Sour dill pickles are shockingly easy to make. And, whereas they usually require a fermenting process of several weeks – something we’ll discuss in another post – today’s recipe takes maybe 25 minutes and can easily be done while manning other tasks in the kitchen.
As a part of my partnership with Glass Is Life I’m doing what I can’t to show people how to make the most of glass in their home. Glass Is Life, is a movement that encourages choosing glass more often in our everyday lives. Recipes like this – ridiculously easy, supremely simple, insanely delicious – will keep you coming back for more of your own pickles, and will help the environment at the same time.
I love a pickled cucumber. I mean, love. Whenever I get that random desire for something sweet, I go right to the pickle jar and grab one of these little guys. The tart, the bitterness, the flavor… it’s usually so surprising that I forget whatever sugar craving I had, or why I even had it to begin with.
We start with these kirby pickling cucumbers. These are the standard for pickling – grown to just the right size to fit inside of the average pickling jar, big and juicy, able to take on any flavor you throw at it. Kirby cukes are just… the best. Fighting the urge to not drool as I type.
That being said, if the regular-sized cukes are on sale, and you want to pickle those… you can. You’ll just have to cut them down to size – possibly in half – once it comes to that point.
The first thing you’ll do is boil your pickling jars. This is important because you’ll need to ensure that the jar is completely sterile, so as not to invite illness. When jars aren’t fully sterilized, and we’re dealing with uncooked food, you’re playing with food borne illness. And, while it might seem rare, it’s still an unpleasant and wholly avoidable experience.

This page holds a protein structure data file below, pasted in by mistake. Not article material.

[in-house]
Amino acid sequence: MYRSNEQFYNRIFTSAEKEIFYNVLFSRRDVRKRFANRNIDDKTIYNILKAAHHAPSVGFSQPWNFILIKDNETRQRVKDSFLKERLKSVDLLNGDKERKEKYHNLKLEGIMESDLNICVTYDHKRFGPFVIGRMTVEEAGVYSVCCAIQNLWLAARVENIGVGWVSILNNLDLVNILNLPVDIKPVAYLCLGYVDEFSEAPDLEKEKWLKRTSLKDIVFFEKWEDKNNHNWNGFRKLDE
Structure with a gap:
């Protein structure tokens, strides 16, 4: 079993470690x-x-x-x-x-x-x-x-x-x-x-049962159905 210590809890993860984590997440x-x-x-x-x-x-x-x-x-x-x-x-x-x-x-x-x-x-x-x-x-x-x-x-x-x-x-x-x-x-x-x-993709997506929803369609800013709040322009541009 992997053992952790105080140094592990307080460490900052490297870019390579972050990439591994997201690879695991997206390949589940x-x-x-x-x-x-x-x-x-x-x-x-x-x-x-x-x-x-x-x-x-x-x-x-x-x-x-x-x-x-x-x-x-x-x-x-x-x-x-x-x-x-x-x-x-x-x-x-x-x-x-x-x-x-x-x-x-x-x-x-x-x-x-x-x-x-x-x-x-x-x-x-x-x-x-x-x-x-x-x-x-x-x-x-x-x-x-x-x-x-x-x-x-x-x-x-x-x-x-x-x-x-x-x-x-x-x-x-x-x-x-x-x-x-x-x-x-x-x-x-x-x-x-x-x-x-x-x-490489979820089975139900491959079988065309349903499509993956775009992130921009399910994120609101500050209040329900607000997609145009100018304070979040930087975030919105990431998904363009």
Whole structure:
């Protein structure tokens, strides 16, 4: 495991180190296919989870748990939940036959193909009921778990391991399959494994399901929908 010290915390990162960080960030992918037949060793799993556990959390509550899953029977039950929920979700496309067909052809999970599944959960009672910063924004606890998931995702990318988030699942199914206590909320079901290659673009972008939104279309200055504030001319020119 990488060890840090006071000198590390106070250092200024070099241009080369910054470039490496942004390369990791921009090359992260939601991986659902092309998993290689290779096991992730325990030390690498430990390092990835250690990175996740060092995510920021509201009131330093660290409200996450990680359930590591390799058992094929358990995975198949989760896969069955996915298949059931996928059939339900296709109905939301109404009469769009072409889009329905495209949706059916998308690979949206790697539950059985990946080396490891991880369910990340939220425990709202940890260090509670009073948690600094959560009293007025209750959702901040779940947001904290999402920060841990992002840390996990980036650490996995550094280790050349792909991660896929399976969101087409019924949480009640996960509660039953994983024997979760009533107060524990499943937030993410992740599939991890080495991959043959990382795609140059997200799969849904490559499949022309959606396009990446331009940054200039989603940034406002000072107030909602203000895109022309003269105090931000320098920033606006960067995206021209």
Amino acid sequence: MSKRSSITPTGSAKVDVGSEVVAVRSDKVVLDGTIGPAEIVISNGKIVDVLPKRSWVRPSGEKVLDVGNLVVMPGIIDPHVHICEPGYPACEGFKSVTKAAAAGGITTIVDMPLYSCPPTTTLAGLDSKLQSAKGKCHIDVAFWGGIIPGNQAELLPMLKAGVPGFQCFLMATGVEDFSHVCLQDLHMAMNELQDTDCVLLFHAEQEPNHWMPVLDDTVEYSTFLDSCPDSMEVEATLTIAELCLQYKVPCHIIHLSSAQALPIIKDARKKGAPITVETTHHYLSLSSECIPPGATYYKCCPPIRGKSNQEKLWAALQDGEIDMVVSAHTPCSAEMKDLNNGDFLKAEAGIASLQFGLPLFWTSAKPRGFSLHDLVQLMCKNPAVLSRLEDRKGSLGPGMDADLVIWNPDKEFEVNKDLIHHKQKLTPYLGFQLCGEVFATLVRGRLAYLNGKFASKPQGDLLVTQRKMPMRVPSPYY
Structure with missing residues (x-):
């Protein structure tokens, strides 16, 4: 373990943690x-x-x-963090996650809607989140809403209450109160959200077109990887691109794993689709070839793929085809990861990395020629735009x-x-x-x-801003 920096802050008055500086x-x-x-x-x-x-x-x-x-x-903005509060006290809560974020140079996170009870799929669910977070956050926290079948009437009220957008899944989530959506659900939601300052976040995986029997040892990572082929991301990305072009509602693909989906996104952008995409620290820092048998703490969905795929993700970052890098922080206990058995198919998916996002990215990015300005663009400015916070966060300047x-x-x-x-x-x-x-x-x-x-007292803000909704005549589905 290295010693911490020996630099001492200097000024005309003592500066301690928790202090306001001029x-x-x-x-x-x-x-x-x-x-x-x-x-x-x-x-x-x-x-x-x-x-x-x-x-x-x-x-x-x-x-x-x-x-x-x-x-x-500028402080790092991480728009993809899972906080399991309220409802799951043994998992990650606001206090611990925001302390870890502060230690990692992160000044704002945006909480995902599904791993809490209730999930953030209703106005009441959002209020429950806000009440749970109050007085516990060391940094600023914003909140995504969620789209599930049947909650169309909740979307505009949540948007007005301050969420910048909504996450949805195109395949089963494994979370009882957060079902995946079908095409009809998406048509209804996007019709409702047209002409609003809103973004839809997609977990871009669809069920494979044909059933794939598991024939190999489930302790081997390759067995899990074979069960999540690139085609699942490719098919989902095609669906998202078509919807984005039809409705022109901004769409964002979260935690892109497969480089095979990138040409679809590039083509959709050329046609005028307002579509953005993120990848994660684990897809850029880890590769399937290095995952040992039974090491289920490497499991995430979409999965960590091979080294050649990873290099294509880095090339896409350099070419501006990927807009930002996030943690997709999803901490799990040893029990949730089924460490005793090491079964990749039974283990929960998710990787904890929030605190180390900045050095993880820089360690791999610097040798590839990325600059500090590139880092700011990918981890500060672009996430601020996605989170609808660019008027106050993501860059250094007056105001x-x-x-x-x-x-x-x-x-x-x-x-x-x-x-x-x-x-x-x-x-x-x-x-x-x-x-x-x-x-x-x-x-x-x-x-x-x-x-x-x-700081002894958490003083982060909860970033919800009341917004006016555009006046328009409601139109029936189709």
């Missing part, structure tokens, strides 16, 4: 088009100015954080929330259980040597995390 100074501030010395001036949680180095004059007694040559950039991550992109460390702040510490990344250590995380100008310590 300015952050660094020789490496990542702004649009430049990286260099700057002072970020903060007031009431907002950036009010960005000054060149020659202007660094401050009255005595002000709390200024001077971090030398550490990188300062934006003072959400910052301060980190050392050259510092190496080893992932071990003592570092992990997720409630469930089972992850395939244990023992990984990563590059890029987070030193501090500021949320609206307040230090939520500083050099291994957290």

Your first step is to measure your cucumbers in comparison to the size of your jar. There should be a good inch between the top of the cucumber and the top of the jar – we’ll be adding spices as well as herbs and other fragrants to the jar, and there needs to be space for it all. If your cucumbers are too tall, cut them down until you have that inch of headway. Although, for continuity’s sake, you should try to cut both sides of your cucumbers, no one will fuss if you don’t. After you’re done measuring, bring your sterilizing water to a rolling boil, drop your jars in, and leave ’em there.
Cut your 4 kirby cucumbers. Cut your whole into two halves, then cut your halves into halves, and so on until you have nice-sized spears.
Your next step involves 3 cups of vinegar, three cups of water, and 3 tablespoons of salt. Pour them all – in that order – in a large saucepan, and bring them to a boil.
Bring out your jar, and dry it off.
It’s time to get a little creative, here.
In each jar, you’re going to place 2 dried chili peppers, 4 cloves of mashed garlic, 1.5 teaspoons of peppercorns, 1 tablespoon of dill seed, and a few stems of dill.
Looks like a nice nest for some delicious pickles, right?
Start to squeeze ’em in the jar. That boiling batch of vinegar and water, also known as a “brine?”
Slowly ladle that brine over the top of your pickles into the jar. Fill the jar as far as it will go without spilling over. And, just like that, you’re done. Seal your jar, let it cool down completely, and once the jar is lukewarm to the touch, put it in the back of the fridge to let it chill.
You now have delicious, sour dill pickles. And, if you’re anything like me, your childhood will thank you!
Did you love this quick and easy recipe? Share it on Pinterest! I made this handy little photo to share the quick-and-dirty with your followers!